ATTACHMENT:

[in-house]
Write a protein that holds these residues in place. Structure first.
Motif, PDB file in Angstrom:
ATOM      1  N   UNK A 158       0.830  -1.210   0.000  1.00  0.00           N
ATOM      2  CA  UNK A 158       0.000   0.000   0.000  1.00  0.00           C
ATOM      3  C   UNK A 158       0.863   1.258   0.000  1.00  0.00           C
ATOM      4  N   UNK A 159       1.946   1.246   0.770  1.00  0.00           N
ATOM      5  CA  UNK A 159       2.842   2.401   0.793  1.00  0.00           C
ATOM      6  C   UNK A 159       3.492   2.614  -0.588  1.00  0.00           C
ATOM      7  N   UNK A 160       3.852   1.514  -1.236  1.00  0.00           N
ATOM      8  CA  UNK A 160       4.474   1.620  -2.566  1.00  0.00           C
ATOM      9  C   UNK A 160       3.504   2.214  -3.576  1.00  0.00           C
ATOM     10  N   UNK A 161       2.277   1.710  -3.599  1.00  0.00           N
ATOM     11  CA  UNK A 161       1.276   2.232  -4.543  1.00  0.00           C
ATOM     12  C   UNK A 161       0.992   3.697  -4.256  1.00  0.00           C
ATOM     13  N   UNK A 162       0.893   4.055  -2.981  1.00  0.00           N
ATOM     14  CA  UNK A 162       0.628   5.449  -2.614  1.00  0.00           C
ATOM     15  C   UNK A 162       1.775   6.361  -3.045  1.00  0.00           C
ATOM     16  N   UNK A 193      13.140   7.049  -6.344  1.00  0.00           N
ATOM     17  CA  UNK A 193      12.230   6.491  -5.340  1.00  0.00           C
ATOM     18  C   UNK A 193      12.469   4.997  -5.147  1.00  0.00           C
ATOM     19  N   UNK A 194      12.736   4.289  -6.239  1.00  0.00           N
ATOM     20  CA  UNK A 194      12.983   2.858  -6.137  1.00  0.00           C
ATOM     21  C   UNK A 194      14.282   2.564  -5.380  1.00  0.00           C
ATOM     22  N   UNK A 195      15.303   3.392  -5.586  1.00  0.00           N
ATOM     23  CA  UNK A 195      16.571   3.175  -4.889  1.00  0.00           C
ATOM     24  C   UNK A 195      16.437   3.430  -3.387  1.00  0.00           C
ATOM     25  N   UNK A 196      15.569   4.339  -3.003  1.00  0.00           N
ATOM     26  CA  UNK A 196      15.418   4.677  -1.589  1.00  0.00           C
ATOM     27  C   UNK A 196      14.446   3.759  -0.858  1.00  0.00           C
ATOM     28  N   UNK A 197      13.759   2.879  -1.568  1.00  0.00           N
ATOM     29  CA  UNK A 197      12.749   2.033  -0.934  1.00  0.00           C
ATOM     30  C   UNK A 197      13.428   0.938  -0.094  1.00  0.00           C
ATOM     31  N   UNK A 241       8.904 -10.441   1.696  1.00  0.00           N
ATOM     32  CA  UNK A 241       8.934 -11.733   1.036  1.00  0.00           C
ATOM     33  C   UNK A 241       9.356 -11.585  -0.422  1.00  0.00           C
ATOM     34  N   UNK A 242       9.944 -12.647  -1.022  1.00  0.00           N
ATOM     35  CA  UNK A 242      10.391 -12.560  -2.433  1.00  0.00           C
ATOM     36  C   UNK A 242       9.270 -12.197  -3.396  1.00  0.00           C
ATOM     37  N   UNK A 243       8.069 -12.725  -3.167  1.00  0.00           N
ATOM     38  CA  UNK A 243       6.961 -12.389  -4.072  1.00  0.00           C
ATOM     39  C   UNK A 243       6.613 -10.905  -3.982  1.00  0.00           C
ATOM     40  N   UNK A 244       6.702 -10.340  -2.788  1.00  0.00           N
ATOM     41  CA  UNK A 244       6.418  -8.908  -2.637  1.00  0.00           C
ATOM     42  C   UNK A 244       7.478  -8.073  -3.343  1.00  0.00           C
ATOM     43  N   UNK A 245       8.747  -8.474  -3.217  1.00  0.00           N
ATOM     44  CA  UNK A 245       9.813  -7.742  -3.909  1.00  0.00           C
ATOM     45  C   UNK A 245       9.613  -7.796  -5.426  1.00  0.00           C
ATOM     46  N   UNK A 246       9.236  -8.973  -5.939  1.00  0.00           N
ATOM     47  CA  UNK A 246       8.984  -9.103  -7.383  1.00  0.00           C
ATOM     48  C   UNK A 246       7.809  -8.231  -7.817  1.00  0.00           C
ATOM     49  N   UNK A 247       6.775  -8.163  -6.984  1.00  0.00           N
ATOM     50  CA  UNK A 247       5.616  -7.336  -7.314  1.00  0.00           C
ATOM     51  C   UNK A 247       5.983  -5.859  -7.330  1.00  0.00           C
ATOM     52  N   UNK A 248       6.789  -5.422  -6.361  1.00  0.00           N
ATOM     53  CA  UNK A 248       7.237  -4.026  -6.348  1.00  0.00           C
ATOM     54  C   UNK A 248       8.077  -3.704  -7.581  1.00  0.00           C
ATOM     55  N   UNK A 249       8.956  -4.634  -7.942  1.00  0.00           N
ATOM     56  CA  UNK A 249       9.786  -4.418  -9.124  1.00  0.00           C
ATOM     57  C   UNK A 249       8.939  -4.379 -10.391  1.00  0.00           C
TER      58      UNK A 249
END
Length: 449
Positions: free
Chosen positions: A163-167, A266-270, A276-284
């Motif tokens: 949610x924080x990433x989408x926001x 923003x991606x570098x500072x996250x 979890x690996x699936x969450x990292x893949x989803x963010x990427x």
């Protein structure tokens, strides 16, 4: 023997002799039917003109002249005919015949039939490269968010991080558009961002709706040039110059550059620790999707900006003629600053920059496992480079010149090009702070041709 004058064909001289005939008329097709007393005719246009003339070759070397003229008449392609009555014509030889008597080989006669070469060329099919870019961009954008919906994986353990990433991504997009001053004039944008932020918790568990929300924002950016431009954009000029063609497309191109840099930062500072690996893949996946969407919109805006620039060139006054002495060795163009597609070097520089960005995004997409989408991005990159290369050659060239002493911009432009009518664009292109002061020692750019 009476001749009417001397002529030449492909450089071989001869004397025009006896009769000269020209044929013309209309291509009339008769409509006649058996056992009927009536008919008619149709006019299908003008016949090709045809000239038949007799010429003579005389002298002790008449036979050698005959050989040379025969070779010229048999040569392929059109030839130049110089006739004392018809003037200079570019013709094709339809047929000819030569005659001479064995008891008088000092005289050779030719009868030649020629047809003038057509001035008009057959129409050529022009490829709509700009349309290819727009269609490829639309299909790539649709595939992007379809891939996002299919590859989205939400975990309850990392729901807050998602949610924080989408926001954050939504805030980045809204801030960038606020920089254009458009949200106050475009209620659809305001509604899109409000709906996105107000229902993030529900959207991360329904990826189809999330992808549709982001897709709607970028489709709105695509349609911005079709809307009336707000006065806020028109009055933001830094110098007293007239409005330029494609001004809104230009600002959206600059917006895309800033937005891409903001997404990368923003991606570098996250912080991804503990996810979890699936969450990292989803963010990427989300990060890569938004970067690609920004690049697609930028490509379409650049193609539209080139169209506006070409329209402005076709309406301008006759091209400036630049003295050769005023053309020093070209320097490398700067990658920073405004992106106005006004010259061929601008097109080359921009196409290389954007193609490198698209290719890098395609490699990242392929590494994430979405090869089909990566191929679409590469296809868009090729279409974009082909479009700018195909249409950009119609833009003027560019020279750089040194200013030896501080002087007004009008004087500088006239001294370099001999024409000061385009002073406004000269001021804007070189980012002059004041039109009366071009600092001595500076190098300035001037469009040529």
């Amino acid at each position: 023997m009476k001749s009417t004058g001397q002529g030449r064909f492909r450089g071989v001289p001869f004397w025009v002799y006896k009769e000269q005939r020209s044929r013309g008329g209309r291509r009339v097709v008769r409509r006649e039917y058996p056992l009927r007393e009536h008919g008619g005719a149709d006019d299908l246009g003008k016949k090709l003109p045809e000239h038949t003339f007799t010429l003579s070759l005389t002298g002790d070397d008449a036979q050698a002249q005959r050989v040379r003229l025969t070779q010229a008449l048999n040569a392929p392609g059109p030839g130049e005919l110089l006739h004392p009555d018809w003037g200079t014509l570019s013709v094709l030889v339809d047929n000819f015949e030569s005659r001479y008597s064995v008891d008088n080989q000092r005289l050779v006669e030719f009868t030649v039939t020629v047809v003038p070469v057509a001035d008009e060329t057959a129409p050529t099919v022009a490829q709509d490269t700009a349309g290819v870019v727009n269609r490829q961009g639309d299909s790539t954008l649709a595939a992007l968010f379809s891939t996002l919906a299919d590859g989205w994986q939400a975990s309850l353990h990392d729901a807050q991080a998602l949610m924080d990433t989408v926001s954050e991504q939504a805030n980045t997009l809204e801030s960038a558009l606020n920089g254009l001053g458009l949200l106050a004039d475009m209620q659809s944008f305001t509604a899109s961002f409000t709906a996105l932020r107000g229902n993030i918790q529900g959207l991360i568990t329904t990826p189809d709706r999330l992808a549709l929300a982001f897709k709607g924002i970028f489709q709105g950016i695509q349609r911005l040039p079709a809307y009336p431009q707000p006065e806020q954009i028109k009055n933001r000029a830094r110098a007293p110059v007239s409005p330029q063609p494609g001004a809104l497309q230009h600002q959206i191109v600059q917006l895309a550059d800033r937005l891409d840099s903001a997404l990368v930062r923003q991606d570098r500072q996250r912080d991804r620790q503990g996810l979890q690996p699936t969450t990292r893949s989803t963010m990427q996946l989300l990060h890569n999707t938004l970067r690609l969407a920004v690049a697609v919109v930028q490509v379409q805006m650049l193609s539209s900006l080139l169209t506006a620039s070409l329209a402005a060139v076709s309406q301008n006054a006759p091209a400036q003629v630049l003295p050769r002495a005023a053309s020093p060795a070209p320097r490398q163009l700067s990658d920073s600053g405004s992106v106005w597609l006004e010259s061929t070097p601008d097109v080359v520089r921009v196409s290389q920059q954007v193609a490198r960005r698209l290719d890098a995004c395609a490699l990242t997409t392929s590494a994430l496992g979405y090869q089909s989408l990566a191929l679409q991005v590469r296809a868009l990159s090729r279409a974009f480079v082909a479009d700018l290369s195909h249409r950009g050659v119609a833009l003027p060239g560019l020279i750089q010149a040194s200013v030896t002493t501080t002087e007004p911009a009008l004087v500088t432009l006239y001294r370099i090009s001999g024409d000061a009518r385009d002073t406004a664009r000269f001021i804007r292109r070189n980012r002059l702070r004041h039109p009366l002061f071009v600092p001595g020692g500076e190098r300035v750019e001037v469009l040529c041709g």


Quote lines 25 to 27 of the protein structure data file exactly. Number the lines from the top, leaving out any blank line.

ATOM     22  N   UNK A 195      15.303   3.392  -5.586  1.00  0.00           N
ATOM     23  CA  UNK A 195      16.571   3.175  -4.889  1.00  0.00           C
ATOM     24  C   UNK A 195      16.437   3.430  -3.387  1.00  0.00           C